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When could we expect consistent profitability of a call options buying strategy given specific statistical assumptions about X% chance of a stock price moving up by Y% within 1-5 days (or Z number of days). And what call options buying trading strategy parameters would be recommended to utilize to achieve such expected profitability?

For example an average casino would have 50.5% - 55.9% odds on Blackjack and be consistently profitable. Not sure if similar expectations can be applied to stock trading (winning average x% y% of the time vs losing average z%) because of large swings in loss percentages unless using stop-loss which then limits the number of times we may win. However, as options can be used to limit losses, I’m assuming there may be a specific way to calculate expected break even point and profitability when trading stock options based on statistically predicting specific stock price increase.

Examples:

  • Can I expect profitably when buying call options given statistical 50% chance of stock A moving up by 6% vs 50% chance of moving down by 3% within 2 days.
  • Can I expect profitably when buying call options given statistical 60% chance of stock A moving up by 3% vs 40% chance of moving down by 3% within 5 days.
  • Can I expect profitably when buying call options given statistical 60% chance of stock A moving up by 3% vs 40% chance of moving down by 5% within 5 days.
  • Can I expect profitably when buying call options given statistical 75% chance of stock A moving up by 3% vs 25% chance of moving down by 10% within 5 days.

As an example of specific stock we can use FB, currently priced at $140.34, with the following options chain: https://finance.yahoo.com/quote/FB/options?p=FB&date=1490918400 Facebook options chain

Furthermore, because of short-term expectations, I’d like to consider multiple options strike selection approaches:

  • a) In-the-money, with intent to sell purchased calls within several days
  • b) In-the-money, with intent to exercise them
  • c) Near-the-money
  • d) Far out-of-the-money, with intent to sell them within several days, for example expecting a \$0.10 option to raise in price above $0.20 (100%) when stock price approaches in-the-money level.

NOTE: I'm looking for layman-level answers in a way similar to casinos explaining their odds. I was thinking about posting this question in http://money.stackexchange.com, but as an answer may require some math and degree of quantitative experience, I decided to post it here with hope that I can still get an answer in the form of basic math vs advanced quant formulas, especially as the answer could be helpful to anyone starting trading options.

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  • $\begingroup$ There is a class offered free to Interactive Brokers customers called Probability Lab interactivebrokers.com/en/index.php?f=5910 that purports to explain Options without using much math. I am not necessarily endorsing it but it might be of interest to you. $\endgroup$ – noob2 Mar 27 '17 at 12:56
  • $\begingroup$ You ask about a 'call buying option trading strategy'. The strategy would not just involve buying. The strategy also involves the exit of the position. You make no mention of that ergo you have no strategy. What will happen if your position is up 9.9% but you are expecting 10%? Does your strategy does not exit? You need to consider this. Your trade is not similar to a casino at all. A casino game does not expire. Yours does. The casino stays open and takes bets continuously. Yours does not. The casino does not have Theta to deal with. You do. $\endgroup$ – amdopt Mar 27 '17 at 17:21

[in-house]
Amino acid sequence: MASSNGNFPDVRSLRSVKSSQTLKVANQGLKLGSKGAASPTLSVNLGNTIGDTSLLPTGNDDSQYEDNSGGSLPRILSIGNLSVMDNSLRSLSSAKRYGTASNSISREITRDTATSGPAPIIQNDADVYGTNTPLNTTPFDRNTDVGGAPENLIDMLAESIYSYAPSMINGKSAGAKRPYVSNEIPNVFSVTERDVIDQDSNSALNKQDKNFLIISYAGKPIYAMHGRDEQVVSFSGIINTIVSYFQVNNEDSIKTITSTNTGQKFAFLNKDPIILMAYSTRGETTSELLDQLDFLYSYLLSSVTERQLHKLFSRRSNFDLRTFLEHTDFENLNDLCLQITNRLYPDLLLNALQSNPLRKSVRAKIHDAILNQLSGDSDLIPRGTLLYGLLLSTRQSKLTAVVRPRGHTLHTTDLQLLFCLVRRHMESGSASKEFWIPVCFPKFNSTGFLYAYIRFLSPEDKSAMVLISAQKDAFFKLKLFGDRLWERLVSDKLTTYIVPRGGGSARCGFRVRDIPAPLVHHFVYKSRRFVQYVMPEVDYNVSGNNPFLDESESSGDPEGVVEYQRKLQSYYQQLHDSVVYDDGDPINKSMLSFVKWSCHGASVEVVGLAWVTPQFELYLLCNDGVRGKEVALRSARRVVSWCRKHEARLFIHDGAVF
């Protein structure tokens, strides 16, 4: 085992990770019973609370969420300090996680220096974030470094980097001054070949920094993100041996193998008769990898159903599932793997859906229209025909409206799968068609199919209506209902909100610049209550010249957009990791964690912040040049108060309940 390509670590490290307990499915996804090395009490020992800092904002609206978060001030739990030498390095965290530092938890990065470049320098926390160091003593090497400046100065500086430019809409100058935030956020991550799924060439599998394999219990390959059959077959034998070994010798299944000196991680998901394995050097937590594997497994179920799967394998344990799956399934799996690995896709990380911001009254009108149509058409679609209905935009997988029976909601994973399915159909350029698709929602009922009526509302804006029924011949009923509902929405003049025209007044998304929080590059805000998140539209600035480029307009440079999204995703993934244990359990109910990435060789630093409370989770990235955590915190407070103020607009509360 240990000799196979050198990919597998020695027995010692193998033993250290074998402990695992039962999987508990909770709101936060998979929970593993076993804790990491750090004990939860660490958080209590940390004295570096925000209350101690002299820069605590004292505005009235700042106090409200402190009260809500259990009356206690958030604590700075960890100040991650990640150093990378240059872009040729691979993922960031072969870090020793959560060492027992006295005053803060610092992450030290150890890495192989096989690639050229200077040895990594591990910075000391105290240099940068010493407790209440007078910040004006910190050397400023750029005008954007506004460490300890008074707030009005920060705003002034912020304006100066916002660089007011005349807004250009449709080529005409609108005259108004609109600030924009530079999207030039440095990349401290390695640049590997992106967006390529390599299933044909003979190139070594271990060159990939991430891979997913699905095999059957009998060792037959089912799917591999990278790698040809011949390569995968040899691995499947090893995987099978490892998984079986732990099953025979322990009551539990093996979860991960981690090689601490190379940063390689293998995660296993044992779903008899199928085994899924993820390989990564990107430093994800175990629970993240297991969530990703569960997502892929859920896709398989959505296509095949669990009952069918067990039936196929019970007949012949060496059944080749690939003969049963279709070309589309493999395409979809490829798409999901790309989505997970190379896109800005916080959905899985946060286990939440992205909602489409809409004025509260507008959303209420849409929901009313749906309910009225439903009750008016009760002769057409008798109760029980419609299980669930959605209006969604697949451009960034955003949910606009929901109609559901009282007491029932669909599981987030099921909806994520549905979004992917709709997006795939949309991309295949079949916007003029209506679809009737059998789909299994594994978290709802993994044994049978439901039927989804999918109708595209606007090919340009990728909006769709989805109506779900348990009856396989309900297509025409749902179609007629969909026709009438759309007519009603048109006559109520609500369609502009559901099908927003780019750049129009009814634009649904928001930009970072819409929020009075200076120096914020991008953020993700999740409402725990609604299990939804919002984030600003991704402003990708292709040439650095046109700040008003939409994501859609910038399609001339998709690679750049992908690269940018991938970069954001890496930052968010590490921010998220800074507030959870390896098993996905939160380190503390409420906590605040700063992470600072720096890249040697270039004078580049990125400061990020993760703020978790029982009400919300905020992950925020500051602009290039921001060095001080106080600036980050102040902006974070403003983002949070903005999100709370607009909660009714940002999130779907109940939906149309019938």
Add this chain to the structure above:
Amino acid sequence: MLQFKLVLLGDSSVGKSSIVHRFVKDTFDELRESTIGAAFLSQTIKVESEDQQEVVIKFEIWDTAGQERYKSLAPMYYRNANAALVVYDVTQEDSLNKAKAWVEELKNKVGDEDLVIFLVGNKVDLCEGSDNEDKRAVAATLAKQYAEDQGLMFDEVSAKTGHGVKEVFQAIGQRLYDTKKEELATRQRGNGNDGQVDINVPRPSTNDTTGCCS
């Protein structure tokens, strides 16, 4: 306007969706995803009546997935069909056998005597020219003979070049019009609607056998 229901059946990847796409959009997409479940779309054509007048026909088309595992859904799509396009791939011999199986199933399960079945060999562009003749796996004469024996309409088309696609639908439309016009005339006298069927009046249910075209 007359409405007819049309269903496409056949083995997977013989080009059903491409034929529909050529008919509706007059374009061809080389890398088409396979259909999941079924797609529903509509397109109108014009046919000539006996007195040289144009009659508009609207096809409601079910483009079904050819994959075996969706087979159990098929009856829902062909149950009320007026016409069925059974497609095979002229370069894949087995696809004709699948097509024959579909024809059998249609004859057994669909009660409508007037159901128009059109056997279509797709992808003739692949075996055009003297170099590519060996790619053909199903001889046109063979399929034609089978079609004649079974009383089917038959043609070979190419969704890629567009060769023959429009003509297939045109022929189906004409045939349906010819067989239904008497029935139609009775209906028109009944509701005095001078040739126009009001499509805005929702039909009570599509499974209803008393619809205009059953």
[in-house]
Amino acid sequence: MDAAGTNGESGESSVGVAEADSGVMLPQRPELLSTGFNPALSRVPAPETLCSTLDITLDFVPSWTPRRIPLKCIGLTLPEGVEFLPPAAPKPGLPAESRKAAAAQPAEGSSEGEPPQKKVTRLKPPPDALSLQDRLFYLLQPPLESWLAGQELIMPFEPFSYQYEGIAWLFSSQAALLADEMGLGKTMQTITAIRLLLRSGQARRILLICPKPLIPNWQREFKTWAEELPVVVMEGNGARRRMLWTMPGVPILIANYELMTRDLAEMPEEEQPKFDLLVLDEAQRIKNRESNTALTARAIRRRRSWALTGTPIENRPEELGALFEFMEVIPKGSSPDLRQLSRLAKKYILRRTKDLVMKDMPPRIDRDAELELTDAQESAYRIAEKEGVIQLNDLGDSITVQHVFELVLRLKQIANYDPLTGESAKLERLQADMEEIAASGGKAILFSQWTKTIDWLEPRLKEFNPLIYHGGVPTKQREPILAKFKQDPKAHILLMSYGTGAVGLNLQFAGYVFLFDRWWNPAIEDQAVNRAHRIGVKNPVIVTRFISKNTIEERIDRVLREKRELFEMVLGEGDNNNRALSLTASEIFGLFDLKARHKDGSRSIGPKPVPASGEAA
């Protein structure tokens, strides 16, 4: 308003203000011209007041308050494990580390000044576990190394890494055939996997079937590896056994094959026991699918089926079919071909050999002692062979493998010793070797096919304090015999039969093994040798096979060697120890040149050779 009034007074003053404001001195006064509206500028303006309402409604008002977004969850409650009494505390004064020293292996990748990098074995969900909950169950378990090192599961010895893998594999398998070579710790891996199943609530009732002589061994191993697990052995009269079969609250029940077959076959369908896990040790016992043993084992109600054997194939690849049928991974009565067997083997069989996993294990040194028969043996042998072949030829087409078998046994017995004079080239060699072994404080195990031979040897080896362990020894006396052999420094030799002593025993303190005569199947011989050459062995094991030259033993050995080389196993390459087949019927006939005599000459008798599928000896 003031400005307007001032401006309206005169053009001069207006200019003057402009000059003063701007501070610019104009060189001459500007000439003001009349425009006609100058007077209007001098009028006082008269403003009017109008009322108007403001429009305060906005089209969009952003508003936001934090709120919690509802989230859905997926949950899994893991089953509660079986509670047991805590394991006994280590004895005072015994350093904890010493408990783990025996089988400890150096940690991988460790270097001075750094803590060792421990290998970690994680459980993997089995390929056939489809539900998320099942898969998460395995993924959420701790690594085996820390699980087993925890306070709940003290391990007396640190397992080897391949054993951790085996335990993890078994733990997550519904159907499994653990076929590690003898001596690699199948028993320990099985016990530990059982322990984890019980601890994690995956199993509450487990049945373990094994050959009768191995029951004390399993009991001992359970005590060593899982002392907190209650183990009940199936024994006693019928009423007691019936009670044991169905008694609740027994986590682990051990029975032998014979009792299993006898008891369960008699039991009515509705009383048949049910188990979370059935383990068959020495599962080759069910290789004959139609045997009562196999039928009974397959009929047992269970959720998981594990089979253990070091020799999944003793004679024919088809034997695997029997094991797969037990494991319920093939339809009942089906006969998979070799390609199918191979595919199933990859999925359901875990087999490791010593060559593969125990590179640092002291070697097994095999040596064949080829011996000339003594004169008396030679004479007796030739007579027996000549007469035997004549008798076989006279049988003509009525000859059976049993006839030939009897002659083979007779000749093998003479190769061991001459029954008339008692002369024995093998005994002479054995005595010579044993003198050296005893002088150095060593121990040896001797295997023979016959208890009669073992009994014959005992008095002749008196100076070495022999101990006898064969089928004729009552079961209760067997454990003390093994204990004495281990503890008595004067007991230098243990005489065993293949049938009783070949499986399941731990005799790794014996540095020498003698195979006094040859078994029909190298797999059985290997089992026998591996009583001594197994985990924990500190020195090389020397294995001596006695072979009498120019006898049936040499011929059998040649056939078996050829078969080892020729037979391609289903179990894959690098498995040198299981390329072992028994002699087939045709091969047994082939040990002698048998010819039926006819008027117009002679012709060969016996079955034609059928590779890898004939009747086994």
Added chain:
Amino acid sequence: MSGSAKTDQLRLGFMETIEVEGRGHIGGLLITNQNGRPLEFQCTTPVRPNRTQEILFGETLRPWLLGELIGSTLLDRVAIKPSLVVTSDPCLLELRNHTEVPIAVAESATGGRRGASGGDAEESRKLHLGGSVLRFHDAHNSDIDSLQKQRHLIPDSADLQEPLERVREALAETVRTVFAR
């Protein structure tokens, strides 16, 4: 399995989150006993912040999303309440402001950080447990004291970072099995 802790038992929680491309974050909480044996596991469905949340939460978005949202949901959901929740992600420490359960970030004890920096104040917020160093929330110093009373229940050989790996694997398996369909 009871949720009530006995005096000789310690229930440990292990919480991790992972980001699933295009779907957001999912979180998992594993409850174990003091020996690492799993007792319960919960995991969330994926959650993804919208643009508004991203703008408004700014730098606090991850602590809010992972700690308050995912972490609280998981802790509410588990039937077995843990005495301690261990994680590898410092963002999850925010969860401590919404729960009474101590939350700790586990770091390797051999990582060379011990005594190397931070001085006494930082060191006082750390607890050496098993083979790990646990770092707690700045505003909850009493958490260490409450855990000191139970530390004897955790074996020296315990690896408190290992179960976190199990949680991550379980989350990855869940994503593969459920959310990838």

• $\begingroup$ Thanks @noob2 . I use IB as my broker, but their class don't seem to address my question. I also couldn't find related answers on Google, in various articles, or even in books. They all teach about general probability distribution where a stock has specific probability of reaching specific price - used for pricing options. While my input would statistical chance where I predict specific stock movement based on factors unrelated to basic probability. Once I expect that specific stock has an X% chance of moving up by Y% within Z days, I'd like to figure out what to do with this information. .. $\endgroup$ – Kon Rad Mar 27 '17 at 20:36
  • $\begingroup$ @amdopt , per my comment above I'd provide input as statistical X% chance of a stock moving up by Y% within Z days. Im looking for any strategies that would monetize such expectations. I assume I could exit after Z days (number of days I expect the stock to go up) regardless if I actually hit a profit at that time or not. This would work just like trading stocks but using options to limit losses. I don't put any restrictions on entry or exit strategy. Just seeking to improve profitability and limit losses over trading stocks. But need to know what chances do I need to trade options profitably. $\endgroup$ – Kon Rad Mar 27 '17 at 20:47
  • $\begingroup$ @KonRad Exiting after Z days is a start--by that I mean you now have an exit plan! Indeed your losses (per trade) are limited to your initial debit, however, 2 extra constraints are on each trade--Not only do you have to be correct in the directional move of the stock, you need the move be large enough to offset your theta loss and happen within a certain amount of time. These extra constraints (as opposed to outright equity purchases) can be tough to overcome. I'm not trying to discourage you, just suggesting that options do not necessarily limit account losses or improve profits. :) $\endgroup$ – amdopt Mar 27 '17 at 21:21

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